Gul and Afridi demolish Australia
Umar Gul took a wicket first ball, Shahid Afridi took two in his first two balls, and Australia imploded bizarrely after a flying start from Shane Watson. From 42 for 0 in four overs Australia went to 73 for 5 and 108 all out, a target Pakistan chased down easily after an early wobble. Australia had fielded almost a second XI, and played like that.
The first innings of the match was as frenetically eventful as the second was assured and sedate. Gul's 4-0-8-4 was just one run off the best-ever figures in Twenty20 internationals. Afridi followed his double-wicket maiden with another wicket and nine more runs in the next two overs, as the Australian batsmen kept playing for the non-existent spin. The collapse was just as spectacular as Watson's onslaught on Shoaib Akhtar and Sohail Tanvir. It was ironically a missed inside edge by Aleem Dar that started the slide.
No less a bizarre innings would have been fit for a day when the match started one-and-a-half hours after the toss while waiting for Dubai's Sheikh, an esteemed guest for the match. A day when Younis Khan pulled out at the 11th hour because of fever. A day when Misbah-ul-Haq, the stand-in captain, said at the toss that Younis stepped down to give Fawad Alam an opportunity.
The delayed start didn't affect Watson, who seemed to be carrying on from his century in the final one-dayer. He started the match with an outside-edged boundary off Shoaib, didn't get much strike for the next three overs, and exploded in the fourth. He carted Tanvir for back-to-back boundaries through midwicket, and pulled the next to deep backward square leg. In four overs, Watson had reached 33 off 13 deliveries, with Misbah seeming out of sorts.
He was in complete control, though, hurrying the introduction of perhaps the best Twenty20 bowler in international cricket. With his first ball Gul went level with Daniel Vettori, with most wickets in Twenty20 internationals. The ball swung in late, hitting Watson in front, but for the inside edge that Dar missed. Gul would soon go past Vettori.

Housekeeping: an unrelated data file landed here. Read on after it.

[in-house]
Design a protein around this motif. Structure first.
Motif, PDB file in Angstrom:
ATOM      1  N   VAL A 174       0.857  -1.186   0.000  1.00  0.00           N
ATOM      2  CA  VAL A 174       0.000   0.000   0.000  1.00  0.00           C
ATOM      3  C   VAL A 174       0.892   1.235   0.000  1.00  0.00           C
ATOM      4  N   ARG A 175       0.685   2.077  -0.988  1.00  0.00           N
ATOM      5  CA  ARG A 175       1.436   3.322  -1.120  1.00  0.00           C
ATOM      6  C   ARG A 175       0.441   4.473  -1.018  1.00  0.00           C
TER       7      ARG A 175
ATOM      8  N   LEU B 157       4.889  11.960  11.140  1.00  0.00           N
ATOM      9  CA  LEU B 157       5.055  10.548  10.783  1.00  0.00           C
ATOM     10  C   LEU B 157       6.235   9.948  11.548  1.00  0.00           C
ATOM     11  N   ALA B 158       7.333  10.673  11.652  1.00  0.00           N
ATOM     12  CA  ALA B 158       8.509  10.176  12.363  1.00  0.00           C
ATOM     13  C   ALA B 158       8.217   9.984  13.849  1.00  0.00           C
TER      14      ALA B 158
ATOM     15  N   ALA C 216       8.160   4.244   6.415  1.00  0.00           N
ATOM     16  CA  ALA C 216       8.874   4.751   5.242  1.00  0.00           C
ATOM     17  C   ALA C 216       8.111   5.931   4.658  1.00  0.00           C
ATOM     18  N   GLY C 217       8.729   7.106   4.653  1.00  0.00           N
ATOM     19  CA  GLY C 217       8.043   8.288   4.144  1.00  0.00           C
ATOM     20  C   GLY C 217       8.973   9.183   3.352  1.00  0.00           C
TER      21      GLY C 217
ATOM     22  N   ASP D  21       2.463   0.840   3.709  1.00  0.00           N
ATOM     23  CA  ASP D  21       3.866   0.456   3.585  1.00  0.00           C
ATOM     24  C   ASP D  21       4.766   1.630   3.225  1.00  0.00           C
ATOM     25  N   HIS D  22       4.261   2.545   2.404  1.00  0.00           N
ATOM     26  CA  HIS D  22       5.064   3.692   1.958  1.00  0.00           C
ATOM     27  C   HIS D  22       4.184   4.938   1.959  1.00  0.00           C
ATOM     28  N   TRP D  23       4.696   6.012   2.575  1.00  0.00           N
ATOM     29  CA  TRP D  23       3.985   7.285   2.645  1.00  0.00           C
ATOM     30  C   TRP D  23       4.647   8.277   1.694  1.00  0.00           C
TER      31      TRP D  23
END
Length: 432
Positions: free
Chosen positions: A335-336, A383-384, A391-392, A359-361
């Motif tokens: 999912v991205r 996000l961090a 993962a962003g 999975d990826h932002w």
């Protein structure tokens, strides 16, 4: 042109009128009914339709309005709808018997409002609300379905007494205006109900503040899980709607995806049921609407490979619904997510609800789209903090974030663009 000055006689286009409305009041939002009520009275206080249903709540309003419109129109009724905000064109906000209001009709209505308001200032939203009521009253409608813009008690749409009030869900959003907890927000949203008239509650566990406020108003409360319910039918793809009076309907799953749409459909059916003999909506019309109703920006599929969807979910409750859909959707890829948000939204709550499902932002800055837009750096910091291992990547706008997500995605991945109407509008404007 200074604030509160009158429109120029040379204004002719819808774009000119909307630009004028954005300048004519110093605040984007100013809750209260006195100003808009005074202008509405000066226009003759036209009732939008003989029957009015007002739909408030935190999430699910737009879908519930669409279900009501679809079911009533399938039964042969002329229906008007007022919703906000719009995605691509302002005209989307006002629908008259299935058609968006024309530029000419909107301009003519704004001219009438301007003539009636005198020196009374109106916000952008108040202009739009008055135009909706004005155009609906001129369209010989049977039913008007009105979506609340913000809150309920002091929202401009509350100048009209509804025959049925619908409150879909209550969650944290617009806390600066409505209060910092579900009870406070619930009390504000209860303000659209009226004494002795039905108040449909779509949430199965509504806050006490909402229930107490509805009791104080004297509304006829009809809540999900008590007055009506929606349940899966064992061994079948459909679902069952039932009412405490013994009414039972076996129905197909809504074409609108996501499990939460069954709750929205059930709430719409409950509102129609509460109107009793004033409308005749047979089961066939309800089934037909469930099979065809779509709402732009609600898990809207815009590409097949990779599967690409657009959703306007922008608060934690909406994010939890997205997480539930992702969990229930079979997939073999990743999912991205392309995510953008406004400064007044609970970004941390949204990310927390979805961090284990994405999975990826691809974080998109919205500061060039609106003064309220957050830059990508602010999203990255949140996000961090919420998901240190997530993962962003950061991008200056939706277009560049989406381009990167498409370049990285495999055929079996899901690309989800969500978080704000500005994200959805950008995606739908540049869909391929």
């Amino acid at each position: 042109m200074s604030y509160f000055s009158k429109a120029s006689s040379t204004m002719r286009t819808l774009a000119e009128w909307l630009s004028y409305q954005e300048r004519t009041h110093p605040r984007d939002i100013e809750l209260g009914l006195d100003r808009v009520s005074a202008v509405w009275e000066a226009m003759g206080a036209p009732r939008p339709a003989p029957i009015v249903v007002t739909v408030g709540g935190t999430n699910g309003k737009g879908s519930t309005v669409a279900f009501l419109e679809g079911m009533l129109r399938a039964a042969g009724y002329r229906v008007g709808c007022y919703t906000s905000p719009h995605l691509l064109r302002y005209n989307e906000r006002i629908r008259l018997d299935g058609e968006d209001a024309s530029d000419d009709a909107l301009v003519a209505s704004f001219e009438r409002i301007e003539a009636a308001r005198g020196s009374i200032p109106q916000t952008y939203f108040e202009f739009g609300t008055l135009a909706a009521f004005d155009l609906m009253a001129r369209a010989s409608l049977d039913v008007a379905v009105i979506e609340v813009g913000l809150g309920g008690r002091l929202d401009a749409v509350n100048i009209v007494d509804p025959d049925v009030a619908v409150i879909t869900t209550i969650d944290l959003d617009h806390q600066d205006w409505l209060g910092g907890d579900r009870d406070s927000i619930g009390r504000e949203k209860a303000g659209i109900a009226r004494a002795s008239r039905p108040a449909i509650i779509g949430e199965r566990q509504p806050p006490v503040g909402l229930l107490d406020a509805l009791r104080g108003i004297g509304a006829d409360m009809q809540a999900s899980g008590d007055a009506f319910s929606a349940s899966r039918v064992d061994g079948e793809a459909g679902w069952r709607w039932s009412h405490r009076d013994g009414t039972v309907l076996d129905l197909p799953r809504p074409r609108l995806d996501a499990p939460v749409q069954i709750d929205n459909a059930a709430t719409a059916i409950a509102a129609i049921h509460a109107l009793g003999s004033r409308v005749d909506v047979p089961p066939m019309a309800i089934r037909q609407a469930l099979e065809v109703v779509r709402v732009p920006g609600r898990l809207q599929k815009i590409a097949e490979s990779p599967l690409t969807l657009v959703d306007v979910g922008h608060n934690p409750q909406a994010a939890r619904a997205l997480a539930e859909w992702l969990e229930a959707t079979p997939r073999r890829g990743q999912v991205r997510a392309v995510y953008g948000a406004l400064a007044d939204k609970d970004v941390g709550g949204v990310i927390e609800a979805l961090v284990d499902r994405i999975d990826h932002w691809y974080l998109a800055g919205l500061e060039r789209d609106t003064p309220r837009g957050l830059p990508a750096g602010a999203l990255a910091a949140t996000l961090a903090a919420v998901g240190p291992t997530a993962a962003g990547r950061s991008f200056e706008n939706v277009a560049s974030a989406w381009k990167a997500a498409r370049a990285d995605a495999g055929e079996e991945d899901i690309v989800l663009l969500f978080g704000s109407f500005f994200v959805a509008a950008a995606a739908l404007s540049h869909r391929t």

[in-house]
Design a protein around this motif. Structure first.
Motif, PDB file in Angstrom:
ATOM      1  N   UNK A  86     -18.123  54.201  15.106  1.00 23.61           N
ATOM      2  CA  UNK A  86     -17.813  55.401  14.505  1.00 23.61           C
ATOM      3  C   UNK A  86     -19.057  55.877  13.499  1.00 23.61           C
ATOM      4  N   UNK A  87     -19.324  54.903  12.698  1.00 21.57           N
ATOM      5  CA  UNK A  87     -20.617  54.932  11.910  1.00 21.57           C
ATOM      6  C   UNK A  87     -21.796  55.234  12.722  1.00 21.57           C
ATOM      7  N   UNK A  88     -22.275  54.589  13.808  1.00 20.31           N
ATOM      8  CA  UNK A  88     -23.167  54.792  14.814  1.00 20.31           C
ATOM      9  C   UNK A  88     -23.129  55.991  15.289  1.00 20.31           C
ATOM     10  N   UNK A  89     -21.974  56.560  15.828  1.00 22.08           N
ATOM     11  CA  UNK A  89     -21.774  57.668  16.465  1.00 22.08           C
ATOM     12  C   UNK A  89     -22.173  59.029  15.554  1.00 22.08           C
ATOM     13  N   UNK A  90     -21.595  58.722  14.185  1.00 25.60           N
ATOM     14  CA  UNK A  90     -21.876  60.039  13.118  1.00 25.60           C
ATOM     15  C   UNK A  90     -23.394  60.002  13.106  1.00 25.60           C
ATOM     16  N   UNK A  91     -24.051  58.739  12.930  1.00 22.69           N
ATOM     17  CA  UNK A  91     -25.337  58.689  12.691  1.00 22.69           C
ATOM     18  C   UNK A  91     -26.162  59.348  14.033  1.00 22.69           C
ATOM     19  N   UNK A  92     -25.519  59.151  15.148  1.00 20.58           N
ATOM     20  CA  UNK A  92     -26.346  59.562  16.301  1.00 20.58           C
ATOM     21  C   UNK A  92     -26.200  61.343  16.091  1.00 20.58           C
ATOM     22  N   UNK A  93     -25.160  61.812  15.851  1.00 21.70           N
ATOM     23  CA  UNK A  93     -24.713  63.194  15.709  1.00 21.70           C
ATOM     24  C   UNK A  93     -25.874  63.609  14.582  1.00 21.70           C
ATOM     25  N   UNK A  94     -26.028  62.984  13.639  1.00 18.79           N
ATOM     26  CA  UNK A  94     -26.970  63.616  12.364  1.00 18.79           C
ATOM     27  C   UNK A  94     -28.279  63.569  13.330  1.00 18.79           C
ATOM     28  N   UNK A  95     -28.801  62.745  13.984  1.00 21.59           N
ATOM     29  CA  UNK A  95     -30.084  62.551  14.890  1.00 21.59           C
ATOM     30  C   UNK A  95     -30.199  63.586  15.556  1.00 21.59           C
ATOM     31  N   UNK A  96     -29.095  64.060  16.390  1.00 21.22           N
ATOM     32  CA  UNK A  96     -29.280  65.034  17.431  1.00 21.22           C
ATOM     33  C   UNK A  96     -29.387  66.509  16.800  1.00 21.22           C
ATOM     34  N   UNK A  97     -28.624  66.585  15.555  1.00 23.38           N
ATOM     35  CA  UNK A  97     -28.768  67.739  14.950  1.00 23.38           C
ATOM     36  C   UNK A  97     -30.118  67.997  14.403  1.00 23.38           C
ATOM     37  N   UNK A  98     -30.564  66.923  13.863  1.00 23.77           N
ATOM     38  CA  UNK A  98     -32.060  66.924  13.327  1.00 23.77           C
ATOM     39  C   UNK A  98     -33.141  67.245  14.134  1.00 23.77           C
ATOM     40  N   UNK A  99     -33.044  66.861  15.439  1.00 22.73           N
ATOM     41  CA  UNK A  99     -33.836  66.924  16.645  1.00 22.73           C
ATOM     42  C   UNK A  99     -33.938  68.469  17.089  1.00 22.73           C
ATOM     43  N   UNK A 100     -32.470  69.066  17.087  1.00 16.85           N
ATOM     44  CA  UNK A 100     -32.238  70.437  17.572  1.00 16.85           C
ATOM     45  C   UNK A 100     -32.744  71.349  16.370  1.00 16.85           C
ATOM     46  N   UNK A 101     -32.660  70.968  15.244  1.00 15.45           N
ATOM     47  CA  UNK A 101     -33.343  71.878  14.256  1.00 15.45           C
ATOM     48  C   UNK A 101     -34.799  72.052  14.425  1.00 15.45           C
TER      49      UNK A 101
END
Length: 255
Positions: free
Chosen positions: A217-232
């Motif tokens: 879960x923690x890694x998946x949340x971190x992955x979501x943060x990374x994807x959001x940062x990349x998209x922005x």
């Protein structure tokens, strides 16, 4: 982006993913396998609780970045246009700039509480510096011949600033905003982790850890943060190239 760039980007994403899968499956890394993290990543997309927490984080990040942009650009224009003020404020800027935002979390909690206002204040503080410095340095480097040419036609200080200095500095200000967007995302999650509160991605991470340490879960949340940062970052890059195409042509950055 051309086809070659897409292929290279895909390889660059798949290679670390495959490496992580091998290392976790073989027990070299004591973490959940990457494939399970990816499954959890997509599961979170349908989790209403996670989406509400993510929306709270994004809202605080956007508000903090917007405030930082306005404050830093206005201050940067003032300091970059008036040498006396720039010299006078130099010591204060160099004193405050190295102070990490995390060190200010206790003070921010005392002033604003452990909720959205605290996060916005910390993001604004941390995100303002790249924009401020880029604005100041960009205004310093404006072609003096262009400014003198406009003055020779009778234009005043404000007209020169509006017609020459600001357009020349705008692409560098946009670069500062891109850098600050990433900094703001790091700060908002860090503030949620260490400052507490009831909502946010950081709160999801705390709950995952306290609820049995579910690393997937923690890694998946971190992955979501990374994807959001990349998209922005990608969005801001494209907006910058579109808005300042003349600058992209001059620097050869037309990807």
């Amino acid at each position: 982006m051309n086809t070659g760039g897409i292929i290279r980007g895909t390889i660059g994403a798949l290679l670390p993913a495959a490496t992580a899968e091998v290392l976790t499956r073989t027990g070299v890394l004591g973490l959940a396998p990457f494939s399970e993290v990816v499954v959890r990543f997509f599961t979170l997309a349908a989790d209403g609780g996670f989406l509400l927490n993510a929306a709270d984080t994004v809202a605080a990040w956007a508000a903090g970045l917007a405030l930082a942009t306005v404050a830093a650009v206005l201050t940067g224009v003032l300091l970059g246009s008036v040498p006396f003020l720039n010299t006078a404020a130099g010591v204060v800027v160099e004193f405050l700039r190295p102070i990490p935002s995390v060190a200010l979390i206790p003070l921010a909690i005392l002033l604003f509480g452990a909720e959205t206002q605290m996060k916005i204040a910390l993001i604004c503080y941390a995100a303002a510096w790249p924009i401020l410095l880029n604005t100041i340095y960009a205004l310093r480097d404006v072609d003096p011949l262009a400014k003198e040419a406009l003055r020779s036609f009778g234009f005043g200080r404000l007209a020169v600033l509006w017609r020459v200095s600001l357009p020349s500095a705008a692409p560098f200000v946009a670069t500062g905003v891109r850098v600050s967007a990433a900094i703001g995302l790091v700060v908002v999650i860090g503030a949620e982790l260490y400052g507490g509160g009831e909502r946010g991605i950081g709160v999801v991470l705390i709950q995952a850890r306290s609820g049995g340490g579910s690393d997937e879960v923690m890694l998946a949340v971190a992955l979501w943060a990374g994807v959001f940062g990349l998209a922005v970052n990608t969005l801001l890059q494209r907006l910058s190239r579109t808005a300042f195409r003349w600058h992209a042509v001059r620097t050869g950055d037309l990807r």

The breakthrough achieved, Misbah took Gul off and turned to his spinners, who have troubled Australia all series. James Hopes went for a slog sweep off Afridi first ball, and missed. Andrew Symonds saw Afridi running in to him as soon as he lifted his head after taking guard. This one was a straighter one too, and Symonds was clearly late in a half-hearted prod.
In Afirdi's next over, Hussey went on to cut a fullish topspinner and played it on. When Australia's new captain, Brad Haddin, chipped Shoaib Malik straight to long-on, Australia were in absolute tatters. The lower half had the small matter of Saeed Ajmal and Malik's doosras and Gul's reverse-swing to negotiate, but there was always going to be one winner.
Gul took three wickets in his second spell, bowling Brett Lee and Marcus North with perfect late inswingers. Between them Gul and Afridi took 7 for 22, and the last 16 overs yielded just 66.
The only hope then for Australia was that the pitch was a touch double-paced, and they raised hopes of a close match by removing the Pakistan openers for 23 in four overs. But without a target to build pressure, the spinners were always going to find it tough. Kamran Akmal, just like Watson, carried forward the good form from his match-winning century in the last ODI, and Misbah finished a perfect night as captain with a responsible 24.
Nothing about Kamran suggested there was any panic in the air. The third ball he faced he square-drove Brett Lee powerfully for four, and his stability thereon ended the contest. His occasional square-cut boundaries kept Pakistan ahead of the modest run-rate required, and it was not until the 14th over - with just 32 required - that he had some fun. Hopes was the unfortunate bowler pulled over long-on and scooped over fine leg for consecutive sixes. When he reached his half-century, Kamran - a new father - celebrated with a baby-rocking gesture; he had played with the responsibility that befits a father.
Hauritz finished the match with a wide down the leg side, and Australia were yet to beat Pakistan in Twenty20 internationals: they lost their first meeting too, during the World Twenty20 in 2007.
Sidharth Monga is a staff writer at Cricinfo